CBS News has fancied itself as a serious, hard-news operation since the days of Walter Cronkite. For all of its heavily documented bias, and though it's now handicapped compared to its Big Three and Fox competition by not having a cable affiliate, it has generally covered and treated the major party conventions as important national events.
So one would think that someone at what used to be known as the Tiffany Network would have persuaded Stephen Colbert, an alleged comedian who has so completely stopped being funny that his late-night show is regularly finishing at or barely above third in the 18-49 ratings to both Jimmy Fallon and Jimmy Kimmel, to stay away from the site of the Republican National Convention. Nope.
If CBS News tried to talk the squanderers of David Letterman's Late Show audience down, Colbert and his show's producers didn't listen. They're in Cleveland all week. Failing that, you would think that the newsies might have suggested a bit of decorum. If so, that didn't fly, either.
So on Monday, Colbert, dressed like a dolt, and took to the stage to conduct a mock convention opening.
Colbert's stage crash, which appears to have taken place several hours before scheduled fesitivities began, given that few if any seats in the arena were occupied, received a smattering of cheers from those present.
The video below appears to capture only a portion of Colbert's appearance:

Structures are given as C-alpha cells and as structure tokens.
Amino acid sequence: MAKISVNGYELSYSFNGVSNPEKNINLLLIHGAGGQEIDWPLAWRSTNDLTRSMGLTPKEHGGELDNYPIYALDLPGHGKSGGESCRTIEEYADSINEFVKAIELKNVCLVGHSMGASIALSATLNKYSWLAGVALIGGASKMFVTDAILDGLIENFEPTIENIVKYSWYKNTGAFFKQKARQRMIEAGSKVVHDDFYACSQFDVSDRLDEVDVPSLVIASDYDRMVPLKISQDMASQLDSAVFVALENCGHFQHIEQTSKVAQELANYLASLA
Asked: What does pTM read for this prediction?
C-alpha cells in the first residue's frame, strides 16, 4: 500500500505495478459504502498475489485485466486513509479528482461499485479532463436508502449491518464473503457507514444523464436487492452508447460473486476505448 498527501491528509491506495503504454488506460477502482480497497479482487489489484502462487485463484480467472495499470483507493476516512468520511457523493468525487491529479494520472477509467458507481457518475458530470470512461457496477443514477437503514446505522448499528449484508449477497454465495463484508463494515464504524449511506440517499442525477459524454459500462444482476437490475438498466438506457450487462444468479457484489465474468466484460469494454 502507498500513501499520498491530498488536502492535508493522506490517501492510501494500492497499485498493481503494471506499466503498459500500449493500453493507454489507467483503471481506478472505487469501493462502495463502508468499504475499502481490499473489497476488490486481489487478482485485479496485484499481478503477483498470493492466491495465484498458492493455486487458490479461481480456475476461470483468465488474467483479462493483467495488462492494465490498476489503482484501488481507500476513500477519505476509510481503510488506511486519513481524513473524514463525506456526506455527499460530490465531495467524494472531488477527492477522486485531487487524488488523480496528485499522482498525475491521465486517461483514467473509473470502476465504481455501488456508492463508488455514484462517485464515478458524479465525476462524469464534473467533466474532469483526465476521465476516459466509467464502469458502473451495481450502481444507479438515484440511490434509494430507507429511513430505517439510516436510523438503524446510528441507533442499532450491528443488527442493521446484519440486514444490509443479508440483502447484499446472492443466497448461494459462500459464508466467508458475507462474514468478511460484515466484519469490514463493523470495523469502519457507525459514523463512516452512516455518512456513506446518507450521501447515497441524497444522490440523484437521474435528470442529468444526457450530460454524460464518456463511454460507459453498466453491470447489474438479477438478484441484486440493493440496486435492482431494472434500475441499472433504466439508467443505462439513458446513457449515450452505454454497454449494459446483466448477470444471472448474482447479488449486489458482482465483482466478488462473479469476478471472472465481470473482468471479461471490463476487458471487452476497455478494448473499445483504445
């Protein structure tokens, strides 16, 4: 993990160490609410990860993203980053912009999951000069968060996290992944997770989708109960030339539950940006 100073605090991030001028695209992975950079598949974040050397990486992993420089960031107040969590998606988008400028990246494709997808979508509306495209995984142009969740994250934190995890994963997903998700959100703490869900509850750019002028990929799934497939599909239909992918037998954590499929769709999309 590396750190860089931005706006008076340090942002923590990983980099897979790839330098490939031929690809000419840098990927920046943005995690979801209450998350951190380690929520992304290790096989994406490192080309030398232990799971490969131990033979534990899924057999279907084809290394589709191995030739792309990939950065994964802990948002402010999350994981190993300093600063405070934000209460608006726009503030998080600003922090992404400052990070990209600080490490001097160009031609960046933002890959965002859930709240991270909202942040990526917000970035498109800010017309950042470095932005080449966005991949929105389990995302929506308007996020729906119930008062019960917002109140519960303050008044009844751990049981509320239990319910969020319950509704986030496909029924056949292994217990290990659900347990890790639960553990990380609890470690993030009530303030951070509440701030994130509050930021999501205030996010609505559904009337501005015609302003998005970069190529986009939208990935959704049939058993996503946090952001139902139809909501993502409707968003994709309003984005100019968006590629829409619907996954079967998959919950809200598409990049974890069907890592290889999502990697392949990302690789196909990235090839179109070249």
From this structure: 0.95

STEPHEN COLBERT: He has formed an alliance with Indiana Governor Mike Pence.
Sorry, I blacked out there for a moment.
So it is my honor, to hereby launch and begin the 2016 Republican National Hunger for Power Games!
Look, look. I know I'm not supposed to be up here. Honest. Neither is Donald Trump.
As seen after Colbert was forced offstage, the person taking the video, or someone standing very close, thought that his stunt was hilarious.
Given that those on hand at that point would have primarily been party officials, security personnel, and some members of the media, I wonder (no, not really) who thought Colbert's crassness was funny? Perhaps some of them were even employees of a formerly serious news operation called CBS News.
Though Colbert got some of the attention he craved from Access Hollywood, it's hard to imagine that this will help his show's ratings. It seems more likely to hurt them, especially since he once again made a mockery of his claim that he "didn't want to be a political champion" when his show lauched last year. Uh-huh.
Does anyone believe that the crowd reaction would be similar if a comedian who leans center-right, e.g., Tim Allen, were to try the same stunt in Philadelphia before the opening of the Democratic National Convention this coming Monday?
Cross-posted at BizzyBlog.com.